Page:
pakistan
Thursday Sep 01 2022
By
Web Desk

Satellite images show how deadly floods have been in Pakistan

By
Web Desk
Tens of millions of people have been impacted by the flooding, with entire towns under water. — AFP
Tens of millions of people have been impacted by the flooding, with entire towns under water. — AFP

The United Nations has called the recent flooding in Pakistan an "unprecedented climate catastrophe", after over 1,000 people lost their lives to it, including 380 children.

The country has seen double the average rainfall, a whopping 15.4 inches in August alone.

Flash floods have swept away entire communities. Reportedly, one-third of the country is currently submerged in water with 15% of the population impacted.

The UN warned that Pakistan needs nearly $160 million immediately.

Countless homes have faced a similar fate to this flooded residential area in Dera Allah Yar. — AFP
Countless homes have faced a similar fate to this flooded residential area in Dera Allah Yar. — AFP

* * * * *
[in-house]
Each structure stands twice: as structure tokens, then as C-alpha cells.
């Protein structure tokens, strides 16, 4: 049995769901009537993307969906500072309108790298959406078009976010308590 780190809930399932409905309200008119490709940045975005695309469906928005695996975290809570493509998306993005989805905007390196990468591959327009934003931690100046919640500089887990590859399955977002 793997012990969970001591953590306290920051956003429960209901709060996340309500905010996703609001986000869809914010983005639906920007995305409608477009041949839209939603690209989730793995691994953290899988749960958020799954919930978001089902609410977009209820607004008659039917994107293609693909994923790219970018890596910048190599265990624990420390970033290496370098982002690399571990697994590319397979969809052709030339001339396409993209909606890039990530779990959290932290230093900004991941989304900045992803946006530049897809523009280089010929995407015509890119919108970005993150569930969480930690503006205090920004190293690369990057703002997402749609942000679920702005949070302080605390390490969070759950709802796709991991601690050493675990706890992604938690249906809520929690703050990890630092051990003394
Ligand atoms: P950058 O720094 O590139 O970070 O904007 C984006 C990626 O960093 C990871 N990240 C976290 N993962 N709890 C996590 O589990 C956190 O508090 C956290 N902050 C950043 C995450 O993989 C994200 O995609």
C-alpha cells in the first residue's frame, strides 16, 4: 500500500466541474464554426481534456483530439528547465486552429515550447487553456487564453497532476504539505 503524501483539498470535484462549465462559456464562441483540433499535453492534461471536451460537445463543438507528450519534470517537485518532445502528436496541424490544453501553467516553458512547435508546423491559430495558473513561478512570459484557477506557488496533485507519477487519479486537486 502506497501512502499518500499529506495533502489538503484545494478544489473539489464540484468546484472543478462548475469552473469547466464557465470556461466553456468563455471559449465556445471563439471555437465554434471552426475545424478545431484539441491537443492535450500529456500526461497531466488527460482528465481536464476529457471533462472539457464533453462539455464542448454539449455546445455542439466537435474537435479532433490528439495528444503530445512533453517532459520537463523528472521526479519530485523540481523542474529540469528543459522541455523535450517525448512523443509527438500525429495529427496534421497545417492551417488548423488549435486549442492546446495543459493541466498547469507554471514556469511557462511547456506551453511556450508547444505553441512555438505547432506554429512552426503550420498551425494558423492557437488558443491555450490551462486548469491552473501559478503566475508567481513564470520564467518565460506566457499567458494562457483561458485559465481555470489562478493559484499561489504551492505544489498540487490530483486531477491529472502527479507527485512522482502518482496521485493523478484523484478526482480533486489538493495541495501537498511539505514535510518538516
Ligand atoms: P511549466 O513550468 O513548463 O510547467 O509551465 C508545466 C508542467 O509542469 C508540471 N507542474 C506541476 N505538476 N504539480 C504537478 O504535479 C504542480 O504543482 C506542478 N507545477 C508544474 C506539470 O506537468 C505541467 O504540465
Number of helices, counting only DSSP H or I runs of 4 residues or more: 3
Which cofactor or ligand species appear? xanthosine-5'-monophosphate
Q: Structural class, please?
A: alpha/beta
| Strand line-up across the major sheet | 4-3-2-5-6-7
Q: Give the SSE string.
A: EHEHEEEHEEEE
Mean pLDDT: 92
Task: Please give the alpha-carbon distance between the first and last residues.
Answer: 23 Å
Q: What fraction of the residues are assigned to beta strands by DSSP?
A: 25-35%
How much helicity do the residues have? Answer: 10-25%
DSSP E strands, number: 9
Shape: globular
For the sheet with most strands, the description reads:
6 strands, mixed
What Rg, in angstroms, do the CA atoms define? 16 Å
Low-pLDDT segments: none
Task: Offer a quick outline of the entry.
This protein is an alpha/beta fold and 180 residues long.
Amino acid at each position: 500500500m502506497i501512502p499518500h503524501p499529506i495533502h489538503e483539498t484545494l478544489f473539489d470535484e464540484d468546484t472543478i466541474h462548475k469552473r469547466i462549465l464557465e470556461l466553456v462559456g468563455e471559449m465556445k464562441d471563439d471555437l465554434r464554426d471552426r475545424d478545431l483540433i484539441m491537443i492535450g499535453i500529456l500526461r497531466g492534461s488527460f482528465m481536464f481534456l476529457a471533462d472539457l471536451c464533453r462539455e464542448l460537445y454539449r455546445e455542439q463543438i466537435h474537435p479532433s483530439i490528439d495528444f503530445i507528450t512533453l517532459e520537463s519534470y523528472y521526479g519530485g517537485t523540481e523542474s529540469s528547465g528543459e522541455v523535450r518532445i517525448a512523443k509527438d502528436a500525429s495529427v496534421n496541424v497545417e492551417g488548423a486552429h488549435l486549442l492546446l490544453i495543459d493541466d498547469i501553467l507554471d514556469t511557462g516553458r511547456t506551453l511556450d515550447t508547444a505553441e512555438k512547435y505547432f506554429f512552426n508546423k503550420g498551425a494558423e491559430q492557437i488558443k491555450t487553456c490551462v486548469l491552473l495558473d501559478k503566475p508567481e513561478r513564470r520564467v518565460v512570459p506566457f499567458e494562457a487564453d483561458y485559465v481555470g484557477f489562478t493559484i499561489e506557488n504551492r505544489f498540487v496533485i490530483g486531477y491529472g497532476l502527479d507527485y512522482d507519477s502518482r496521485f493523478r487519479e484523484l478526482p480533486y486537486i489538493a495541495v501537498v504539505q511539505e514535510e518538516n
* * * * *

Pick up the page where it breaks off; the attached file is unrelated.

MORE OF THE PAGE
Experts fear the spread of water-borne diseases due to stagnant water.

Flash floods have deprived people of basic necessities like food, clean water, and clothes, let alone medicine.

This combination of Maxar satellite images created on August 30, 2022 shows the before/after images of the damaging floods in and around Gudpur, Pakistan. — AFP
This combination of Maxar satellite images created on August 30, 2022 shows the before/after images of the damaging floods in and around Gudpur, Pakistan. — AFP

The country has received nearly 190% more rain than the 30-year average in the quarter through August this year, totalling 390.7 millimetres (15.38 inches), Reuters reported. 

This satellite image released by Maxar Technologies, shows the damaging floods in and around Gudpur, Pakistan on August 30, 2022.— AFP
This satellite image released by Maxar Technologies, shows the damaging floods in and around Gudpur, Pakistan on August 30, 2022.— AFP

Army helicopters helped stranded families and dropped food packages to inaccessible areas, but many villages are still very difficult to reach.

This combination of Maxar satellite images created on August 30, 2022 shows the before/after images of the damaging floods in and around Gudpur, Pakistan.— AFP
This combination of Maxar satellite images created on August 30, 2022 shows the before/after images of the damaging floods in and around Gudpur, Pakistan.— AFP

There seems to be no end to the catastrophe any time soon with Southern Pakistan bracing for more flooding on Thursday as a surge of water flows down the Indus River.


With additional inputs from Reuters